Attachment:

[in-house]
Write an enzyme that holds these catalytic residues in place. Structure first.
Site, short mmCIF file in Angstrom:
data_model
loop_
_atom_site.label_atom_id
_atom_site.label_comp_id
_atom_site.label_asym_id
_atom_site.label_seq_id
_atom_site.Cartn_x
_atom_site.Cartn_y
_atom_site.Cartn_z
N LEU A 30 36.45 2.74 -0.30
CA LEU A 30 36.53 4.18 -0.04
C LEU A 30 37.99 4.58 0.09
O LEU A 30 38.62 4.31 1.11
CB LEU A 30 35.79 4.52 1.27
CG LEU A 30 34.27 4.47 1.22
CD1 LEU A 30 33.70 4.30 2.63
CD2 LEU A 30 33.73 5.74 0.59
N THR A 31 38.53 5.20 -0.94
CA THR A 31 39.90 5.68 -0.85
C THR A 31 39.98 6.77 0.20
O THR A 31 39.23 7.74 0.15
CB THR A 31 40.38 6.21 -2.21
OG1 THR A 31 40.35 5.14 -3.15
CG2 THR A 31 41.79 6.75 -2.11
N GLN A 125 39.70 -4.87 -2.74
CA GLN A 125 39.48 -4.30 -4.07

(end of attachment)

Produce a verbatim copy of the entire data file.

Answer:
[in-house]
Write an enzyme that holds these catalytic residues in place. Structure first.
Site, short mmCIF file in Angstrom:
data_model
loop_
_atom_site.label_atom_id
_atom_site.label_comp_id
_atom_site.label_asym_id
_atom_site.label_seq_id
_atom_site.Cartn_x
_atom_site.Cartn_y
_atom_site.Cartn_z
N LEU A 30 36.45 2.74 -0.30
CA LEU A 30 36.53 4.18 -0.04
C LEU A 30 37.99 4.58 0.09
O LEU A 30 38.62 4.31 1.11
CB LEU A 30 35.79 4.52 1.27
CG LEU A 30 34.27 4.47 1.22
CD1 LEU A 30 33.70 4.30 2.63
CD2 LEU A 30 33.73 5.74 0.59
N THR A 31 38.53 5.20 -0.94
CA THR A 31 39.90 5.68 -0.85
C THR A 31 39.98 6.77 0.20
O THR A 31 39.23 7.74 0.15
CB THR A 31 40.38 6.21 -2.21
OG1 THR A 31 40.35 5.14 -3.15
CG2 THR A 31 41.79 6.75 -2.11
N GLN A 125 39.70 -4.87 -2.74
CA GLN A 125 39.48 -4.30 -4.07